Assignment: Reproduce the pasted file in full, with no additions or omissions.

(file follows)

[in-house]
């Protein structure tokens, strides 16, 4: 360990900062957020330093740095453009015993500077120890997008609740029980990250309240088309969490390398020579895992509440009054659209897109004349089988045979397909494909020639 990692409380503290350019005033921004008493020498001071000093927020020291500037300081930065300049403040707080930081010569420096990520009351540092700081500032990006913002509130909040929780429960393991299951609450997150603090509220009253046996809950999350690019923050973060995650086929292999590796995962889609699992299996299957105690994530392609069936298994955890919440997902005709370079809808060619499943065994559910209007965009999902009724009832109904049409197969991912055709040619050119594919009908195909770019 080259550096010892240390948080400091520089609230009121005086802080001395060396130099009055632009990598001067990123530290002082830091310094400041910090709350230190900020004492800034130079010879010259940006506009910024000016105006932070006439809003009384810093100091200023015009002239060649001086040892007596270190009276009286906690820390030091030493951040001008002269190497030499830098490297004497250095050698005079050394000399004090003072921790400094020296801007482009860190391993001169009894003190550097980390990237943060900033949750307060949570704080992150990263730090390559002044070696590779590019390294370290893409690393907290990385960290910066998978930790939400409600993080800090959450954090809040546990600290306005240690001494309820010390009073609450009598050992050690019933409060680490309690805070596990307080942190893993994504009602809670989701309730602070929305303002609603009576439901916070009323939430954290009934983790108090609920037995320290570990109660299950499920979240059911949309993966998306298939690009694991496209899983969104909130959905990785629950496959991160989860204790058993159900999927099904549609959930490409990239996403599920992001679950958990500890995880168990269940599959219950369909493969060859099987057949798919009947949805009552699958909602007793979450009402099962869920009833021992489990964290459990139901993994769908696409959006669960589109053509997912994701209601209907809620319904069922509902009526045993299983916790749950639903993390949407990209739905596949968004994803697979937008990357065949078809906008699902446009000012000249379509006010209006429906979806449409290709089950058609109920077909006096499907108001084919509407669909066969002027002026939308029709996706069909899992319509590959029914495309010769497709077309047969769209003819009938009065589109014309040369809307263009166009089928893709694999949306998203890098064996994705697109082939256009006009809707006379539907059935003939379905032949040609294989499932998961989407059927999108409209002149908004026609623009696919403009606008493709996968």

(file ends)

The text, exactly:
[in-house]
């Protein structure tokens, strides 16, 4: 360990900062957020330093740095453009015993500077120890997008609740029980990250309240088309969490390398020579895992509440009054659209897109004349089988045979397909494909020639 990692409380503290350019005033921004008493020498001071000093927020020291500037300081930065300049403040707080930081010569420096990520009351540092700081500032990006913002509130909040929780429960393991299951609450997150603090509220009253046996809950999350690019923050973060995650086929292999590796995962889609699992299996299957105690994530392609069936298994955890919440997902005709370079809808060619499943065994559910209007965009999902009724009832109904049409197969991912055709040619050119594919009908195909770019 080259550096010892240390948080400091520089609230009121005086802080001395060396130099009055632009990598001067990123530290002082830091310094400041910090709350230190900020004492800034130079010879010259940006506009910024000016105006932070006439809003009384810093100091200023015009002239060649001086040892007596270190009276009286906690820390030091030493951040001008002269190497030499830098490297004497250095050698005079050394000399004090003072921790400094020296801007482009860190391993001169009894003190550097980390990237943060900033949750307060949570704080992150990263730090390559002044070696590779590019390294370290893409690393907290990385960290910066998978930790939400409600993080800090959450954090809040546990600290306005240690001494309820010390009073609450009598050992050690019933409060680490309690805070596990307080942190893993994504009602809670989701309730602070929305303002609603009576439901916070009323939430954290009934983790108090609920037995320290570990109660299950499920979240059911949309993966998306298939690009694991496209899983969104909130959905990785629950496959991160989860204790058993159900999927099904549609959930490409990239996403599920992001679950958990500890995880168990269940599959219950369909493969060859099987057949798919009947949805009552699958909602007793979450009402099962869920009833021992489990964290459990139901993994769908696409959006669960589109053509997912994701209601209907809620319904069922509902009526045993299983916790749950639903993390949407990209739905596949968004994803697979937008990357065949078809906008699902446009000012000249379509006010209006429906979806449409290709089950058609109920077909006096499907108001084919509407669909066969002027002026939308029709996706069909899992319509590959029914495309010769497709077309047969769209003819009938009065589109014309040369809307263009166009089928893709694999949306998203890098064996994705697109082939256009006009809707006379539907059935003939379905032949040609294989499932998961989407059927999108409209002149908004026609623009696919403009606008493709996968």